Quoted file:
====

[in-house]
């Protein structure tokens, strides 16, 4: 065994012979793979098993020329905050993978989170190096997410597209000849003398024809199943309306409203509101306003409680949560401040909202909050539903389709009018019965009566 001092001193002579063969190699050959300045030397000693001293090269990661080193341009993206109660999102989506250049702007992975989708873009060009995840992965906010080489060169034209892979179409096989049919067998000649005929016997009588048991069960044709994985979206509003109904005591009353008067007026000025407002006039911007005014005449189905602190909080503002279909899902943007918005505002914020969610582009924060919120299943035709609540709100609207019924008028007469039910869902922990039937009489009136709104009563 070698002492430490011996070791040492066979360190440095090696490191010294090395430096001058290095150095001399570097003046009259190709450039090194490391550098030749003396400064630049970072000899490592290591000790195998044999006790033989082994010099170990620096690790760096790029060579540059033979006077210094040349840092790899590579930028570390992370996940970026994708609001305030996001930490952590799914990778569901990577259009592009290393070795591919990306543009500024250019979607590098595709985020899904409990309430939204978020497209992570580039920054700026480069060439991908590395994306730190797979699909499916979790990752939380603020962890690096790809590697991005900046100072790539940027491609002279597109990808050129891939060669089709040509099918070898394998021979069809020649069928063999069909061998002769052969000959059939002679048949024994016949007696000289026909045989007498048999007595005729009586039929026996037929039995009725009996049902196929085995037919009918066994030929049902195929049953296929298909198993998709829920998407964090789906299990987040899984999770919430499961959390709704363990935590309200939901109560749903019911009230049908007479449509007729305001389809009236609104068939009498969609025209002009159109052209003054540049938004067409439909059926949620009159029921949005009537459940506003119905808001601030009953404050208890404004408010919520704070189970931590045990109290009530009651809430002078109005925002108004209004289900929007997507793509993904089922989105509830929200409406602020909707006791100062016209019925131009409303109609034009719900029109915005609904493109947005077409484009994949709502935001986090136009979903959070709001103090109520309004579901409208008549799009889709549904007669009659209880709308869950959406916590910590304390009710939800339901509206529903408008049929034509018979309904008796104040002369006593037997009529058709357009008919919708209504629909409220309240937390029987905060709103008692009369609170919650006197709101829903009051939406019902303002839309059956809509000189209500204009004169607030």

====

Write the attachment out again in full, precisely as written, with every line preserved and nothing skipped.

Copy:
[in-house]
């Protein structure tokens, strides 16, 4: 065994012979793979098993020329905050993978989170190096997410597209000849003398024809199943309306409203509101306003409680949560401040909202909050539903389709009018019965009566 001092001193002579063969190699050959300045030397000693001293090269990661080193341009993206109660999102989506250049702007992975989708873009060009995840992965906010080489060169034209892979179409096989049919067998000649005929016997009588048991069960044709994985979206509003109904005591009353008067007026000025407002006039911007005014005449189905602190909080503002279909899902943007918005505002914020969610582009924060919120299943035709609540709100609207019924008028007469039910869902922990039937009489009136709104009563 070698002492430490011996070791040492066979360190440095090696490191010294090395430096001058290095150095001399570097003046009259190709450039090194490391550098030749003396400064630049970072000899490592290591000790195998044999006790033989082994010099170990620096690790760096790029060579540059033979006077210094040349840092790899590579930028570390992370996940970026994708609001305030996001930490952590799914990778569901990577259009592009290393070795591919990306543009500024250019979607590098595709985020899904409990309430939204978020497209992570580039920054700026480069060439991908590395994306730190797979699909499916979790990752939380603020962890690096790809590697991005900046100072790539940027491609002279597109990808050129891939060669089709040509099918070898394998021979069809020649069928063999069909061998002769052969000959059939002679048949024994016949007696000289026909045989007498048999007595005729009586039929026996037929039995009725009996049902196929085995037919009918066994030929049902195929049953296929298909198993998709829920998407964090789906299990987040899984999770919430499961959390709704363990935590309200939901109560749903019911009230049908007479449509007729305001389809009236609104068939009498969609025209002009159109052209003054540049938004067409439909059926949620009159029921949005009537459940506003119905808001601030009953404050208890404004408010919520704070189970931590045990109290009530009651809430002078109005925002108004209004289900929007997507793509993904089922989105509830929200409406602020909707006791100062016209019925131009409303109609034009719900029109915005609904493109947005077409484009994949709502935001986090136009979903959070709001103090109520309004579901409208008549799009889709549904007669009659209880709308869950959406916590910590304390009710939800339901509206529903408008049929034509018979309904008796104040002369006593037997009529058709357009008919919708209504629909409220309240937390029987905060709103008692009369609170919650006197709101829903009051939406019902303002839309059956809509000189209500204009004169607030």